Then a flash of lightning sizzled in the distance, the dark sky shredded by the energetic bolt. He felt the current ramble across the ancient valley and spark his own inner electricity. It was ushered by a wave of thunder that moved through him and spooked much of the crowd. Promptly, a door opened in his heart, followed by the urge to speak. He quelled it for a minute, instead running a quick calculation of the crowd size. He was impressed by the staggering support. He figured half the student body was present and a horde from the community at large. The faces gathered near were of diverse forms, those nearest the fire awash in a flickering orange glow. He sensed most eyes radiating his way, most looking on him with supportive love, but a few with lust and a few with jealousy. Nevertheless, he unlatched the door and started to speak.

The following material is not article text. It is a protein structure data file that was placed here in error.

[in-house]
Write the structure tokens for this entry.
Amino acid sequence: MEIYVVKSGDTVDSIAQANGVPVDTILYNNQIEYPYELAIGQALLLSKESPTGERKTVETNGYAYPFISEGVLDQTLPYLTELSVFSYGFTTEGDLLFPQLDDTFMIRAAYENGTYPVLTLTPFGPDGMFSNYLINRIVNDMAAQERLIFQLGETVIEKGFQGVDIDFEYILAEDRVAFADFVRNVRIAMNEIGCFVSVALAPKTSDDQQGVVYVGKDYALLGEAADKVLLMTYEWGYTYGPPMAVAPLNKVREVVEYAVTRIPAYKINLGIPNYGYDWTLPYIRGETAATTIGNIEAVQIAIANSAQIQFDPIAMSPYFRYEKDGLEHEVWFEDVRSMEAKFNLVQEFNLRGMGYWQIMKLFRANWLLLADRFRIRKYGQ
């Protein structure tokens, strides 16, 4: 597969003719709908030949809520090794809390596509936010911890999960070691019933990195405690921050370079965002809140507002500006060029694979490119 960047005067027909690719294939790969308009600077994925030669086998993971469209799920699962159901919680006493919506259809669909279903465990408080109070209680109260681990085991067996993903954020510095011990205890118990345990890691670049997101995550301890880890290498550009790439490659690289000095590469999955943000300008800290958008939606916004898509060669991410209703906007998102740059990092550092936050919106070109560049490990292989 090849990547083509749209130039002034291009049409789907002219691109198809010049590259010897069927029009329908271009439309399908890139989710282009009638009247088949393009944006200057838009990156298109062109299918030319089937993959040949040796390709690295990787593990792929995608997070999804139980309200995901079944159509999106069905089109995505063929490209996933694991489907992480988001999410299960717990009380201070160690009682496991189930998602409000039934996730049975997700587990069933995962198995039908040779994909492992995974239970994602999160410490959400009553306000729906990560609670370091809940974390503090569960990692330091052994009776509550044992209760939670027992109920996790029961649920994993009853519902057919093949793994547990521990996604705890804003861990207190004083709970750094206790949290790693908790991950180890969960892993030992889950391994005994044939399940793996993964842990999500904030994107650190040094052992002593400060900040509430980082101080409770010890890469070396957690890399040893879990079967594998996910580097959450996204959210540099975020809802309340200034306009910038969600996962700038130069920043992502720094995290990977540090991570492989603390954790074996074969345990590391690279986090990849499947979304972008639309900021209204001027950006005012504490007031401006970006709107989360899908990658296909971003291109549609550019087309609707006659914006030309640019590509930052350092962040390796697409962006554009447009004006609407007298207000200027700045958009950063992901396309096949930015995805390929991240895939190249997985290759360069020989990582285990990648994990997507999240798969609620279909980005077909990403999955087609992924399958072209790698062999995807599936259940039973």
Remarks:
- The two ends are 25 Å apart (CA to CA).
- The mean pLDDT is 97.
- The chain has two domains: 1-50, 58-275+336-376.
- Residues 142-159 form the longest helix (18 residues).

“To our friends from school and community, thank you for being here. Tomorrow night we kickoff our season with a game against our rivals, the Stackport High Braves. And since the end of last season, we've been reminded that this is the golden anniversary game, fifty years of head-to-head football between the two schools. We know both schools were built soon after World War II, and I know some of the players from those early teams are here tonight. They may be in their mid or late sixties, but I tell you, many look like they can still play. Again, thanks for being here. Now, most of us know the success in this rivalry has gone to Stackport. Last year’s game with them was close. We only lost by one point. But we still lost.”